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Bears Snowed Under by Patriots but Still on Top of NFC North

Dec 12, 2010 – 10:33 PM
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Jerry Bonkowski

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Jay CutlerCHICAGO -- What do the Chicago Bears and the Hubert H. Humphrey Metrodome have in common? Answer: they both were deflated this weekend.

While heavy snow caused the Metrodome roof to break apart early Sunday morning, about 10 hours later and 410 miles to the southeast, the Bears looked as if they had never played in snow before, as they were trounced by the New England Patriots, 36-7.

"We were beaten by a good football team today," Bears coach Lovie Smith said. "They dominated us in all three phases (of the game."

Indeed, New England racked up nearly 500 yards in total offense, while the Bears didn't even muster 200 yards. Chicago coughed up the ball four times; New England none. Even the wind didn't bother New England as Shayne Graham kicked three field goals, while Chicago kicker Robbie Gould didn't even get one attempt all game.

While Minnesota, the Dakotas and parts of northwestern Wisconsin were pummeled with up to 20 inches of snow, Chicago had a relative dusting of maybe a couple inches. And even though the temperatures produced a sub-zero wind chill factor along the shores of Lake Michigan -- which heretofore has typically been referred to as "Bears weather" -- the Bears can't blame the conditions for their embarrassing performance.


Patriots 36, Bears 7: Quick Hits | Box Score | Recap


Pure and simple, the Patriots were a better team ... a far better team, while the Bears didn't even look close to the team that came into Sunday's game riding a five-game winning streak.

"The reality is we got our butts kicked," a dejected Bears linebacker Brian Urlacher said. "The Patriots are the best team in the AFC. They came in here, our field, our weather and pounded us."

"Tom Brady is the best quarterback in the NFL. We knew it coming in and this game just confirmed it."
- Brian Urlacher
While workers used leaf blowers during stops in play to dust snow off the five-yard line markers, Patriots quarterback Tom Brady and company didn't even need to see the line markers to know where they were at, brushing off both the snow and Chicago with relative ease.

Brady looked more than comfortable in the bitter conditions, completing 27 of 40 passes for 369 yards and two touchdowns, while Chicago counterpart Jay Cutler was a mediocre 12 of 26 for just 152 yards, zero touchdowns and two interceptions.

"Tom Brady is the best quarterback in the NFL. We knew it coming in and this game just confirmed it," Urlacher said.

Cutler and the Bear offense never seemed to be able to get into a consistent rhythm throughout the game. The Bears spotted New England a 33-0 halftime lead, and while a reinvigorated Bear defense rebounded to allow the Patriots just one field goal in the second half, only Chester Taylor was able to find the end zone for Chicago in the entire game, scoring on a one-yard run with 8:43 left in the third quarter.

Four Bears turnovers in the contest didn't help, but when all was said and done, it was Brady's performance that was by far the ultimate difference.

"That's why he's the best in the league right now, no doubt about it," Cutler said of Brady. "The way he commands that offense, the line has been together a long time, their skill positions probably aren't as good a group as he's had in the past, but he's still completely dominating. It's tough to watch when you're going against him because he is so good."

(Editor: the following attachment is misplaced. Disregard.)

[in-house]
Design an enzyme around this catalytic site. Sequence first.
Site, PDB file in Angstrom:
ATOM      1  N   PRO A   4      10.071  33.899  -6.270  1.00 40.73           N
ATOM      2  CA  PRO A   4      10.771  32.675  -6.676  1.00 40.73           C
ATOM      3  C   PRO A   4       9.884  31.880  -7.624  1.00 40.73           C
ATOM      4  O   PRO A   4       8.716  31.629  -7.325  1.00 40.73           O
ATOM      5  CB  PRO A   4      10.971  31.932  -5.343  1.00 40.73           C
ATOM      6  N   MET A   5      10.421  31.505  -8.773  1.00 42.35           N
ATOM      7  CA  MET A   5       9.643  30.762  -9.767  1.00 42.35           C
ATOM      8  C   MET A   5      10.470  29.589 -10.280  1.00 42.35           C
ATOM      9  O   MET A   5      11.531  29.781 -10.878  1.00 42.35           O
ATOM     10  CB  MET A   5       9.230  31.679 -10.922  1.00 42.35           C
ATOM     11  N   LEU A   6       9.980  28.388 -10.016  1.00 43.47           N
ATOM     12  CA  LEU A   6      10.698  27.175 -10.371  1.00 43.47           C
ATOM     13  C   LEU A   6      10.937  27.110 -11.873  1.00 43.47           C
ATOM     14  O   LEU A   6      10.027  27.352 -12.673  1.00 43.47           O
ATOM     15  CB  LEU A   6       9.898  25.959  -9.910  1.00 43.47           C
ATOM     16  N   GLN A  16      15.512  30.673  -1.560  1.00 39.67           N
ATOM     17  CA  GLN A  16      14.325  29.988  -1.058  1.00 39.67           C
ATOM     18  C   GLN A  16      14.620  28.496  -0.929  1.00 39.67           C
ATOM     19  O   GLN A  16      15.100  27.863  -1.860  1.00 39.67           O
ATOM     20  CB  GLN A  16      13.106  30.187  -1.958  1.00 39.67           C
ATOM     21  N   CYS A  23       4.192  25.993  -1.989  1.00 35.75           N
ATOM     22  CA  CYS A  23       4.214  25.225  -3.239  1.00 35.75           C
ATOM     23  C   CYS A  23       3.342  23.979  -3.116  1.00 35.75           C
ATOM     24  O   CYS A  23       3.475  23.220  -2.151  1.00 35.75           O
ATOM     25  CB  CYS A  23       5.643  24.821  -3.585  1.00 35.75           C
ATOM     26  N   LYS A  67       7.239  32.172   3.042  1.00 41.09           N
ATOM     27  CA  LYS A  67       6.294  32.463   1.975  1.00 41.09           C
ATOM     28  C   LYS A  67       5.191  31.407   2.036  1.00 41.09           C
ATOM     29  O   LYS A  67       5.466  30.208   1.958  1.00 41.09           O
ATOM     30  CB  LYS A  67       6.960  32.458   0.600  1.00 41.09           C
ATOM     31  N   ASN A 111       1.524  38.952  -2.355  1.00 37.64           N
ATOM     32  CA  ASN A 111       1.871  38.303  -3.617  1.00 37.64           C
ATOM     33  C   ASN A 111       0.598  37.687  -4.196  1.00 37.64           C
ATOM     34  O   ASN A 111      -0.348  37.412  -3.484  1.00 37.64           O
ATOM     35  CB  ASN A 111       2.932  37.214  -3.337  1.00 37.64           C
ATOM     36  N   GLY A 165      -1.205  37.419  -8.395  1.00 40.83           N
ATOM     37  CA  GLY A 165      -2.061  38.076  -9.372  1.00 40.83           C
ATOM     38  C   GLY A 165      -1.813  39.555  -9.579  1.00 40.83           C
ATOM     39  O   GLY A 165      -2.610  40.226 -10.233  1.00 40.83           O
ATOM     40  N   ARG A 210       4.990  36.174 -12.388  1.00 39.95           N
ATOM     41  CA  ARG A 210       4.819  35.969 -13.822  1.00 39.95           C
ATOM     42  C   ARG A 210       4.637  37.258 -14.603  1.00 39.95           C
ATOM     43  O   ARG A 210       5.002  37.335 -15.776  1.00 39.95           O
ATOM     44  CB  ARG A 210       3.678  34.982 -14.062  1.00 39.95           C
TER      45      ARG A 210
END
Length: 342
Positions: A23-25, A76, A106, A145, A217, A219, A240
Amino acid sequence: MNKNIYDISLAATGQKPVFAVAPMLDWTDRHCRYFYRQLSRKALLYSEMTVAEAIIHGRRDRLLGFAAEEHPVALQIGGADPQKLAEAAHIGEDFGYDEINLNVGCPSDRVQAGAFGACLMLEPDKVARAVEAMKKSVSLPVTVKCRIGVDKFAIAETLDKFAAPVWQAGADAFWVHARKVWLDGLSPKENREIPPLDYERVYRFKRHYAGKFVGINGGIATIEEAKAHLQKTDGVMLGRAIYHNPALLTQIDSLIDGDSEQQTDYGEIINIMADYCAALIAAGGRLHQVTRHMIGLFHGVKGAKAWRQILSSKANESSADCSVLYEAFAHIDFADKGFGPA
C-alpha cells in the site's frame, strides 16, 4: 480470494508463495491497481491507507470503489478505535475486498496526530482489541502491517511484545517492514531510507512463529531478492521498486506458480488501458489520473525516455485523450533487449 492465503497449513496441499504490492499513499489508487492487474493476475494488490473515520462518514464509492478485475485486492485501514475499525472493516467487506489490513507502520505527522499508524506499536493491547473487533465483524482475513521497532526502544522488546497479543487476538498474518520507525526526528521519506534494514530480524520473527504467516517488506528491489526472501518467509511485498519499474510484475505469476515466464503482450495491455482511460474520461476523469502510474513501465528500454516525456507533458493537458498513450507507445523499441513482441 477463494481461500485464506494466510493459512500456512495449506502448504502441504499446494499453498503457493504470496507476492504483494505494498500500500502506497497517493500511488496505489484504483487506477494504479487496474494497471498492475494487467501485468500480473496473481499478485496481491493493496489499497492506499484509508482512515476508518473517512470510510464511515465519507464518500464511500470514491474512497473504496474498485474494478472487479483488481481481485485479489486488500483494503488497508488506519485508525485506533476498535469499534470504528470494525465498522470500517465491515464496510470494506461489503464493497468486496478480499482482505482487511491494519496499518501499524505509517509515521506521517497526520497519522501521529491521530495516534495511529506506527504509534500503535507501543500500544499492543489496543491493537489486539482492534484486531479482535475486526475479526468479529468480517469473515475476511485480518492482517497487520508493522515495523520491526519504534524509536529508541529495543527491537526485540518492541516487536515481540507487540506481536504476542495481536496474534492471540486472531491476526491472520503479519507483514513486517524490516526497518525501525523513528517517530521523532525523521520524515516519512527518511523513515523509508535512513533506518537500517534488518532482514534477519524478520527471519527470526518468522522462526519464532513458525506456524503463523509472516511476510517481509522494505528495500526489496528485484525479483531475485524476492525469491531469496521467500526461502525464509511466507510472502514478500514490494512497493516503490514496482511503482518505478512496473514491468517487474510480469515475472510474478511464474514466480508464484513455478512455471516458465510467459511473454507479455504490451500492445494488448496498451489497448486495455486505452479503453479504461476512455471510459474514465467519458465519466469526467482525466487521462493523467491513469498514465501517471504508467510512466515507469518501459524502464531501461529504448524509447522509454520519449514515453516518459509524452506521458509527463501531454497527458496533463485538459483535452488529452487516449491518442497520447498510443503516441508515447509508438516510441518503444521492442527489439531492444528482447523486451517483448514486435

If there was anything that was good for Chicago in a contest many Bears players termed an "embarrassment," it was that their standing in the NFC North really didn't take that much of a hit, all things considered. With Green Bay falling at Detroit, the Bears remained atop the North with a 9-4 record (Packers are 8-5).

But in the whole big scheme of things, that's little consolation, as both the Bears and Packers are faced with must-win situations in each of their three remaining games respectively, particularly since the Bears and Packers close out the regular season in Green Bay on Jan. 2.

If both teams win their next two games (Bears play at Minnesota next Monday and host the New York Jets on Dec. 26, while Green Bay plays at New England this Sunday and hosts the New York Giants on Dec. 26), it would set up a classic duel between the long-time rivals on the frozen tundra of Lambeau Field on Jan. 2.

If Chicago wins its next three, it wins its division and makes the playoffs, hands down. In fact, it can clinch the North as early as next weekend if Green Bay loses at New England and the Bears beat the host Vikings.

But if the Bears lose both of their next two and the Packers, who lost 20-17 at Chicago earlier this season, win their next two and then pull the upset in the season finale, that would leave Chicago as a potential wild-card ... or worse, completely out of the playoffs, depending on what other teams in the NFC like Philadelphia, the Giants, the defending Super Bowl champ New Orleans Saints and the Tampa Bay Buccaneers also do during the next three weeks.

"We can't count on other teams. We have to take care of our business," Cutler said. "We have to win games. We don't want to slide in the back door. We want to be playing our football right now so we can make a serious run at this."

But if they have more games like they did Sunday night in their remaining three, the Bears might slide out the back door rather than in it.



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